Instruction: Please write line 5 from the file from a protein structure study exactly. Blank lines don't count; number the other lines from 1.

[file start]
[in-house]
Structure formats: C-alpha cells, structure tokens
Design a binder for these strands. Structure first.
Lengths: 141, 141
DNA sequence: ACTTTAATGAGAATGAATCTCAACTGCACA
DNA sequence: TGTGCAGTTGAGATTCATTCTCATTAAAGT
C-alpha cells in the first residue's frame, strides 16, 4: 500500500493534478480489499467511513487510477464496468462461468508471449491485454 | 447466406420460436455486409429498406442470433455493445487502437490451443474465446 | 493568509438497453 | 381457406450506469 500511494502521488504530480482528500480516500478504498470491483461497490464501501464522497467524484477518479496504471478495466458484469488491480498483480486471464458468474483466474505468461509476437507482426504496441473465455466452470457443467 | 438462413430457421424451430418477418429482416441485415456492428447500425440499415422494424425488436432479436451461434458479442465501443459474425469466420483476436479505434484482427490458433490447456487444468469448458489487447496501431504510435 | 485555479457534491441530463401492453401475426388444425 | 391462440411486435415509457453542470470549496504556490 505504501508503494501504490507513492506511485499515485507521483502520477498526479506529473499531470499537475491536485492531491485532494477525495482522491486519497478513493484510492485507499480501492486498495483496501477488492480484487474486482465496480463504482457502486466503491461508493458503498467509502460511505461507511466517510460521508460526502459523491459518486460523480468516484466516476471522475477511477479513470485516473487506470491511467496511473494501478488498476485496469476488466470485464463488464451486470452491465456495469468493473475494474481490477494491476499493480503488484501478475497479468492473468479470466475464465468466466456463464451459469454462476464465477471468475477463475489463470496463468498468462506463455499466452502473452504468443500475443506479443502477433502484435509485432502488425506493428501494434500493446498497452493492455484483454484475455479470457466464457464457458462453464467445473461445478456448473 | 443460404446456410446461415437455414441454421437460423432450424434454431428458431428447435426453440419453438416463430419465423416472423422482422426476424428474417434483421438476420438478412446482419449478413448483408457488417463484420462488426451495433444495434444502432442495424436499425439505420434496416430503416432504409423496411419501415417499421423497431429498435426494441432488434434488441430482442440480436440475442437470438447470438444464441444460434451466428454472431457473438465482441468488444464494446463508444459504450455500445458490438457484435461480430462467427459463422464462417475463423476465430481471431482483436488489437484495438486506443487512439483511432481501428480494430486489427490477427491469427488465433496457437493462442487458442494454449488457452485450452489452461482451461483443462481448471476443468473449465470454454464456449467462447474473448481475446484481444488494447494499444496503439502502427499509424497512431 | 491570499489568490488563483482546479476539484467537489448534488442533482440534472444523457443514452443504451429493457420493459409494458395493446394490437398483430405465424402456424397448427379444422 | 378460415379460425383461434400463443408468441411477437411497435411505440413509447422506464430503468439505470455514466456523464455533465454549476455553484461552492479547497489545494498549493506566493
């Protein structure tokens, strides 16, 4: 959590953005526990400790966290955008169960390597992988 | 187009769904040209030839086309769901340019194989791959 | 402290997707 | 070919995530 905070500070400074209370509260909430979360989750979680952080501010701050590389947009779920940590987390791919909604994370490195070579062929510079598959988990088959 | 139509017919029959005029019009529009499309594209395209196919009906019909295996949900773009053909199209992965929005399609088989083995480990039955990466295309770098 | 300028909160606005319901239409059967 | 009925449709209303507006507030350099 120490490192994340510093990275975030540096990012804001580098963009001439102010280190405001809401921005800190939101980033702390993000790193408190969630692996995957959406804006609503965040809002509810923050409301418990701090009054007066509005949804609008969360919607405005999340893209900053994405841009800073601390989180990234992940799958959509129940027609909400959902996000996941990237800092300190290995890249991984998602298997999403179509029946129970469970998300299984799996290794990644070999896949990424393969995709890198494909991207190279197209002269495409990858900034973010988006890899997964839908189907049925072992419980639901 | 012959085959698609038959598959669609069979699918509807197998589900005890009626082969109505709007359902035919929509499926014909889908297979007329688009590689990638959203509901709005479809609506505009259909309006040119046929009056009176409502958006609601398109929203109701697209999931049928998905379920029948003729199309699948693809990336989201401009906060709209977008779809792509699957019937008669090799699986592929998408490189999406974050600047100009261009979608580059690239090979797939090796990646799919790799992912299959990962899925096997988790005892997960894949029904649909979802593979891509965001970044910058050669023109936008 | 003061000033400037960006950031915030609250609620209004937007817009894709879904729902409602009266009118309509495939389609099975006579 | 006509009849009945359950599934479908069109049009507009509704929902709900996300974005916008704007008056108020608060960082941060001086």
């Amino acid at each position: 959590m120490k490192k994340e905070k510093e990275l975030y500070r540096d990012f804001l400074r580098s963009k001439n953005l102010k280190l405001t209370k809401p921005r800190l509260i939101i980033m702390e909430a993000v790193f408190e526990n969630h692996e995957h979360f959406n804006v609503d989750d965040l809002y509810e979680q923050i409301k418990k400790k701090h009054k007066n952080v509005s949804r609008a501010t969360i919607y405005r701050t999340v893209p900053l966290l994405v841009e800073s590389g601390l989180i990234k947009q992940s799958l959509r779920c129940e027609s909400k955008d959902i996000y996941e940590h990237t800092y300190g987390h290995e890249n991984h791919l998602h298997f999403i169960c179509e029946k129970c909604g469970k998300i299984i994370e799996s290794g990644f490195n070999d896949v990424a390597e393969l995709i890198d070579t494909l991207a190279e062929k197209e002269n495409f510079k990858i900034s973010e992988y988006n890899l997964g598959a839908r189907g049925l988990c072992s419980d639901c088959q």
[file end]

DNA sequence: ACTTTAATGAGAATGAATCTCAACTGCACA